In North Carolina, the minimum requirements of liability for private passenger vehicles are $30,000 for bodily injury for one person; $60,000 bodily injury for two or more people and $25,000 property damage. North Carolina law requires each company to notify DMV upon the insurance of a new policy and when coverage has been cancelled.
If there is a break in car insurance coverage, you must re-certify with the correct insurance information and submit payment of $50.00 within 10 days from the date of the letter (notifying you that the NC DMV has been alerted to the uninsured status of your vehicle) in order to retain your license plate. Failure to respond within the required time can result in the loss of your license plate for 30 days.
In order to re-license after 30 days, you must provide proof of insurance coverage Form FS-1 (which you can obtain from your insurance agent), $50.00 restoration fee, $50.00 service fee (if a plate pick up order is issued) and the appropriate license plate fee.
If you are found driving or in are involved in an accident without insurance the penalties can be harsher, including the suspension of your driver's license and 3 points on your driving record. For more information on the penalties you can read through the NC General Statutes Chapter 20, Article 9A, the Motor Vehicle Safety and Financial Responsibility Act.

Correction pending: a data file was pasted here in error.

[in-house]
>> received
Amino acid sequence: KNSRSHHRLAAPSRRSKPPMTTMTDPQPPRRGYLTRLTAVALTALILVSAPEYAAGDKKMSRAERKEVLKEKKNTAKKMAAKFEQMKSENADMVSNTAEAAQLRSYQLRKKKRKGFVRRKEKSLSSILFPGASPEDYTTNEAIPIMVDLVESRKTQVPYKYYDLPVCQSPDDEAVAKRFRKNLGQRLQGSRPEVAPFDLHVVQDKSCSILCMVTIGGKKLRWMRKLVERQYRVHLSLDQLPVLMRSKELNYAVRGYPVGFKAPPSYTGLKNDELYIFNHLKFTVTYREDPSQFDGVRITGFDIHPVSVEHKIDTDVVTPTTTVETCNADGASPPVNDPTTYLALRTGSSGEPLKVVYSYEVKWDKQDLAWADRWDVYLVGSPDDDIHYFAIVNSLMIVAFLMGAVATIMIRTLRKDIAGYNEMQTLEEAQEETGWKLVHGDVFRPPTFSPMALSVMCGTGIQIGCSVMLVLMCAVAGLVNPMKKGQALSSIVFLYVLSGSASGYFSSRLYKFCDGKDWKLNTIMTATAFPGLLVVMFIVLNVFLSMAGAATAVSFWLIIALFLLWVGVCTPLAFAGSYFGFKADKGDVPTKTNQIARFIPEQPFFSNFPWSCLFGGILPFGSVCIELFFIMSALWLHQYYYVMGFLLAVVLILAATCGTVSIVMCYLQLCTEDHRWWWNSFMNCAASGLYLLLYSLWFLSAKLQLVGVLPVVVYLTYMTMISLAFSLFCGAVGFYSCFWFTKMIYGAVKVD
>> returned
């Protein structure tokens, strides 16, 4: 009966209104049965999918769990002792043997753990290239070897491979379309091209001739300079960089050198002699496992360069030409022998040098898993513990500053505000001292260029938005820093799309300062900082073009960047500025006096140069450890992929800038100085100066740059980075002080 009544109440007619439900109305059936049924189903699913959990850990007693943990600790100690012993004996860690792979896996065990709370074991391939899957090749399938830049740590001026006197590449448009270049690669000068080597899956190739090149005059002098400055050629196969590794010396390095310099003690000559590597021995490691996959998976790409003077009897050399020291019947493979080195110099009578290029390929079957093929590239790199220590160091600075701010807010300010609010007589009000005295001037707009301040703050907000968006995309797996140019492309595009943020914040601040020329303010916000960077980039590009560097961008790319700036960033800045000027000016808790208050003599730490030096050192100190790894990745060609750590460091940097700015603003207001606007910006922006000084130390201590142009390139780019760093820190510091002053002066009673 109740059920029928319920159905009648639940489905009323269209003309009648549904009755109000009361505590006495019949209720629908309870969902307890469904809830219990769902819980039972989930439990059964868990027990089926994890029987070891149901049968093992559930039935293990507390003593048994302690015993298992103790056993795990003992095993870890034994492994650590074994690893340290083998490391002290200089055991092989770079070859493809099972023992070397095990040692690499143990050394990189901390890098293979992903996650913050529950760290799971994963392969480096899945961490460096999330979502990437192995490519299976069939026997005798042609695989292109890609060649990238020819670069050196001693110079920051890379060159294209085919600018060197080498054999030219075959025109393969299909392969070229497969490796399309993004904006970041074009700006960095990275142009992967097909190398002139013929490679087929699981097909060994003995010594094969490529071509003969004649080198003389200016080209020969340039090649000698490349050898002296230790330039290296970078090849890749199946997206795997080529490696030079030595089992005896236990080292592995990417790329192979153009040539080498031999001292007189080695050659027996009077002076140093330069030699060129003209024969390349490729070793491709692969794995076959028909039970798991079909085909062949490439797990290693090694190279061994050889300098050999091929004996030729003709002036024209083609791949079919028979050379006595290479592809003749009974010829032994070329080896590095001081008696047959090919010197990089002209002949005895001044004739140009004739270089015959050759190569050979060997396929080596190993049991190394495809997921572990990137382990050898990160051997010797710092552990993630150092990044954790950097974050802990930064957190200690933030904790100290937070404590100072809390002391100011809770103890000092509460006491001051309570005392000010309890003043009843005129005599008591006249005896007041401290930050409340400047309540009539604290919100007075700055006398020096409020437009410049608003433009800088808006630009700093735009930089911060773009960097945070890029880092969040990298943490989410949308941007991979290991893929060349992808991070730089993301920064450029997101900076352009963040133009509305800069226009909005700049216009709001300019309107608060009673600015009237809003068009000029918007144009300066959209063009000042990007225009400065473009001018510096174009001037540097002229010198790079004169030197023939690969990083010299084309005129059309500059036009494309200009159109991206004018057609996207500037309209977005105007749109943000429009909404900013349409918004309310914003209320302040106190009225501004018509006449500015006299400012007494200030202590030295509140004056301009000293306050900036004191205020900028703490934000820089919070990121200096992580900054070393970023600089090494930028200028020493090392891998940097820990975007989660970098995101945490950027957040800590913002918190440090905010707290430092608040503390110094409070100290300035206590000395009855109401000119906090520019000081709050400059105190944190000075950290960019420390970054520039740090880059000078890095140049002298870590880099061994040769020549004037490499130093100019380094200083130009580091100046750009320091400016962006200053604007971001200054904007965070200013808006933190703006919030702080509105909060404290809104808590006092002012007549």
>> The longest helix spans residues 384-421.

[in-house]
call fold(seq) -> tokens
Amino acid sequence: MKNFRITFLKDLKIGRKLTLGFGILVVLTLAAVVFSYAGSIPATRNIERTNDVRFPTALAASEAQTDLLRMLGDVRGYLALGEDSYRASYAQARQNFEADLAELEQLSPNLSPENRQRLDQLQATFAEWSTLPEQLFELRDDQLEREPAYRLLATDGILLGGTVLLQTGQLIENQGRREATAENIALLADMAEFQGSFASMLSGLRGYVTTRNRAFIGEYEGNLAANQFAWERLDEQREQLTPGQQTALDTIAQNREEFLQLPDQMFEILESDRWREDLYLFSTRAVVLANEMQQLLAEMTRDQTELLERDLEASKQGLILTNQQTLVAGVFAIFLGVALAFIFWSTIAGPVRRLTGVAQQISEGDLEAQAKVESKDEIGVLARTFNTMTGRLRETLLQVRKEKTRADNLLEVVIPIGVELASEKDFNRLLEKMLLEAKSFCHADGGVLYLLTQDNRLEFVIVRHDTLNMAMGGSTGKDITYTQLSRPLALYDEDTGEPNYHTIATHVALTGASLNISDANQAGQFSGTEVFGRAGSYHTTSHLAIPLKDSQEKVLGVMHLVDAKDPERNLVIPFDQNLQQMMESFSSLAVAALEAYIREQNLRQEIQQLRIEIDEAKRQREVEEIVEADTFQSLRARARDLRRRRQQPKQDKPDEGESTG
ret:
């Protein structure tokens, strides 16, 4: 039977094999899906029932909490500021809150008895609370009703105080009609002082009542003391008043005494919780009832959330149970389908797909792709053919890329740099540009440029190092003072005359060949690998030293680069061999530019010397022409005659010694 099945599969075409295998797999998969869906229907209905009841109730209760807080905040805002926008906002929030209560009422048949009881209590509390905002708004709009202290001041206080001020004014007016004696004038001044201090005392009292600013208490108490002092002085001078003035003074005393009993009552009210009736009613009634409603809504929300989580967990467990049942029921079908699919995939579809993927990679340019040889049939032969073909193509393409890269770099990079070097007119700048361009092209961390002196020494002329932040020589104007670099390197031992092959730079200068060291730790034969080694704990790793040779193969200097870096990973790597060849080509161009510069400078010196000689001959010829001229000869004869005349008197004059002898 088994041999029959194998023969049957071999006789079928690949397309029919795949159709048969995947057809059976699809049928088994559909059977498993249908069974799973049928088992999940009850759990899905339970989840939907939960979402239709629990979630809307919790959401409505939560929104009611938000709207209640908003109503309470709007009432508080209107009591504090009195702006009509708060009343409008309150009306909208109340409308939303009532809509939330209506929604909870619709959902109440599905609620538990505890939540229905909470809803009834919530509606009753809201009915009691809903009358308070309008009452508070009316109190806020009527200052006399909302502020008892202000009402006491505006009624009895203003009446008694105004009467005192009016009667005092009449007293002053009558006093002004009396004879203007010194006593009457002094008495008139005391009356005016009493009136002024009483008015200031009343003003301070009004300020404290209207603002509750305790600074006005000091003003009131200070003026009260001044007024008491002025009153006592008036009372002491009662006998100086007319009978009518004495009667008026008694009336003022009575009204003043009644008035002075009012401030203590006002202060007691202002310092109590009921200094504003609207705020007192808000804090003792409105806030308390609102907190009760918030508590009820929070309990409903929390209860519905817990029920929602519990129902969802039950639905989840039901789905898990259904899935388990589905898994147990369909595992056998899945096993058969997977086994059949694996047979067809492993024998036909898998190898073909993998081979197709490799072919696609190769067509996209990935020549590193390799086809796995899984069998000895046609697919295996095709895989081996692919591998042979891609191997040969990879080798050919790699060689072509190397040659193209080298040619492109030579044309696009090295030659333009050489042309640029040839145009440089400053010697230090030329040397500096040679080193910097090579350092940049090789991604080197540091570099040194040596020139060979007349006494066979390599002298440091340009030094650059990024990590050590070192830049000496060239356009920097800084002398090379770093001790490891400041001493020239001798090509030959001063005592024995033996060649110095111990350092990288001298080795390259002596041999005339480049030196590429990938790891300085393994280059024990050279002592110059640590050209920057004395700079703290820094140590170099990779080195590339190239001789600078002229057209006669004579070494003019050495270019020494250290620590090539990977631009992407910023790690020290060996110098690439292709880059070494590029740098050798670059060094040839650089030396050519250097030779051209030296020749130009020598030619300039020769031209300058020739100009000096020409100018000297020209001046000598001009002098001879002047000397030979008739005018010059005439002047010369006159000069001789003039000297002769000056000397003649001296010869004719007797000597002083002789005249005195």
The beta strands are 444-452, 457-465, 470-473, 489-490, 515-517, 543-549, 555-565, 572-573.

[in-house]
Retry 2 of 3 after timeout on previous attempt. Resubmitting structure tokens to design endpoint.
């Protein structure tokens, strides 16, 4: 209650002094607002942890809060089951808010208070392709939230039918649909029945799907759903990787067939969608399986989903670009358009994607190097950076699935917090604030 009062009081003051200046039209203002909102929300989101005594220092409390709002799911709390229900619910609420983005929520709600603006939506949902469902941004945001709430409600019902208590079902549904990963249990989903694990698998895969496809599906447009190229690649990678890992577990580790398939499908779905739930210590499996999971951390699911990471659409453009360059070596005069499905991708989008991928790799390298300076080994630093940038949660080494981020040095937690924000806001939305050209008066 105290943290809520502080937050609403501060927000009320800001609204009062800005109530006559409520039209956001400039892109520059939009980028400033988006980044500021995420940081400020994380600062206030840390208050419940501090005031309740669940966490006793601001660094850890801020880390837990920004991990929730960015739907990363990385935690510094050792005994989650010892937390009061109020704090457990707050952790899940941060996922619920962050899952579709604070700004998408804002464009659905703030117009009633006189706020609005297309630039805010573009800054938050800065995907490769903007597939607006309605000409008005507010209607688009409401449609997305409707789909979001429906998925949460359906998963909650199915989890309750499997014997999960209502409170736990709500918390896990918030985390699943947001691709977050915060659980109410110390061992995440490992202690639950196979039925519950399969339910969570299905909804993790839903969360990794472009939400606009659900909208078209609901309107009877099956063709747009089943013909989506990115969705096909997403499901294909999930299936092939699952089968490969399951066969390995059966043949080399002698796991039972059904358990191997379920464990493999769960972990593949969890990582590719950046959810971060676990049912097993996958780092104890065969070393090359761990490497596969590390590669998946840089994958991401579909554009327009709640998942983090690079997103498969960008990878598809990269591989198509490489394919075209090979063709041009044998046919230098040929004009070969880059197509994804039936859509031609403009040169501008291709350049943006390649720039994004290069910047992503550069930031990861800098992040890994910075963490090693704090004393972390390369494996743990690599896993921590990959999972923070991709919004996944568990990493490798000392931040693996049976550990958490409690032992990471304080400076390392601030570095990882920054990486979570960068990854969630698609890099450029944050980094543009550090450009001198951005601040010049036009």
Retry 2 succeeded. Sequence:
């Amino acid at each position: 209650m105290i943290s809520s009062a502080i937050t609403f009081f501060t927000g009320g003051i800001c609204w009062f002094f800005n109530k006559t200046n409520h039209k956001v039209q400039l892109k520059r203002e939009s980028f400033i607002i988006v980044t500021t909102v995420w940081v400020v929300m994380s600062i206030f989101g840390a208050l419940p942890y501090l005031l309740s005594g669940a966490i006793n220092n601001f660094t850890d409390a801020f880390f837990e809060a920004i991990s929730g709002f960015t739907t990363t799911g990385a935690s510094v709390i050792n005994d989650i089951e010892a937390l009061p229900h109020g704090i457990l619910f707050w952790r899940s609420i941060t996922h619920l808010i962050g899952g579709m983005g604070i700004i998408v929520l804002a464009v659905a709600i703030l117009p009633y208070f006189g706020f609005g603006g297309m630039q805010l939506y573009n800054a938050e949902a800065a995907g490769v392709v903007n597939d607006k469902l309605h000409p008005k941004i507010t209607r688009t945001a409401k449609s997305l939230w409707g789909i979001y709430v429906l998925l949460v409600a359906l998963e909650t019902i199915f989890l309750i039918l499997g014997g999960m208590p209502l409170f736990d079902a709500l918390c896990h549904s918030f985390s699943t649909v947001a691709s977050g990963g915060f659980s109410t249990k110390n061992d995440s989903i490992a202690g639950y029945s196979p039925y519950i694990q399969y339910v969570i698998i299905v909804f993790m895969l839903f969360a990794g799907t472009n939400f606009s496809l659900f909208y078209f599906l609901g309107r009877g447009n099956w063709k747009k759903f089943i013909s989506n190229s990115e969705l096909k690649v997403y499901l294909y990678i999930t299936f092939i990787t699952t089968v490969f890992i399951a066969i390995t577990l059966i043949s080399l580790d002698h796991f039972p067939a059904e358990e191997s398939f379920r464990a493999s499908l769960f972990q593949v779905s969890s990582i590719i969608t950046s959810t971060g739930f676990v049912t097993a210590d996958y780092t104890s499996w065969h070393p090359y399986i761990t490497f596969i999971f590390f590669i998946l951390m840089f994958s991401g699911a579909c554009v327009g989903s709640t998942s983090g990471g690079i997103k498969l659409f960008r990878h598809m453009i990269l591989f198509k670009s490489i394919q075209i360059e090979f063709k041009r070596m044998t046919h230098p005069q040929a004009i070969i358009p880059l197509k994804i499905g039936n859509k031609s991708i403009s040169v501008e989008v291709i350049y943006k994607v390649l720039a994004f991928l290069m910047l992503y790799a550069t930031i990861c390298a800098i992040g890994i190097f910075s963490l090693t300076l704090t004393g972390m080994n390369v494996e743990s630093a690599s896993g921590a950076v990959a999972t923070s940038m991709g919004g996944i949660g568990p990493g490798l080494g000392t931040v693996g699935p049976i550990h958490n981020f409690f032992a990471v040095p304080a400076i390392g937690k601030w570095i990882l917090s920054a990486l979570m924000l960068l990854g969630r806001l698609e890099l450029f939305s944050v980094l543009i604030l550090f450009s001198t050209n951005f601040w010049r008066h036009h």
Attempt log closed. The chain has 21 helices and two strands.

The registration (tags) sticker of a vehicle in North Carolina expires at midnight on the last day of the month designated on the sticker. It is lawful, however, to operate the vehicle on a highway until midnight on the fifteenth day of the month following the month in which the sticker expired.
NCGS 20‑111 notes the violation of registration provisions. Here it states that it is unlawful for any person to drive a vehicle on a highway, or knowingly permit a vehicle owned by that person to be driven on a highway, when the vehicle is not registered with the Division or does not display a current registration plate. The penalties are not listed here directly but appear to be a fine and/or jail time. Check with the NC DOT to find out for certain what penalties you may receive for driving with expired tags.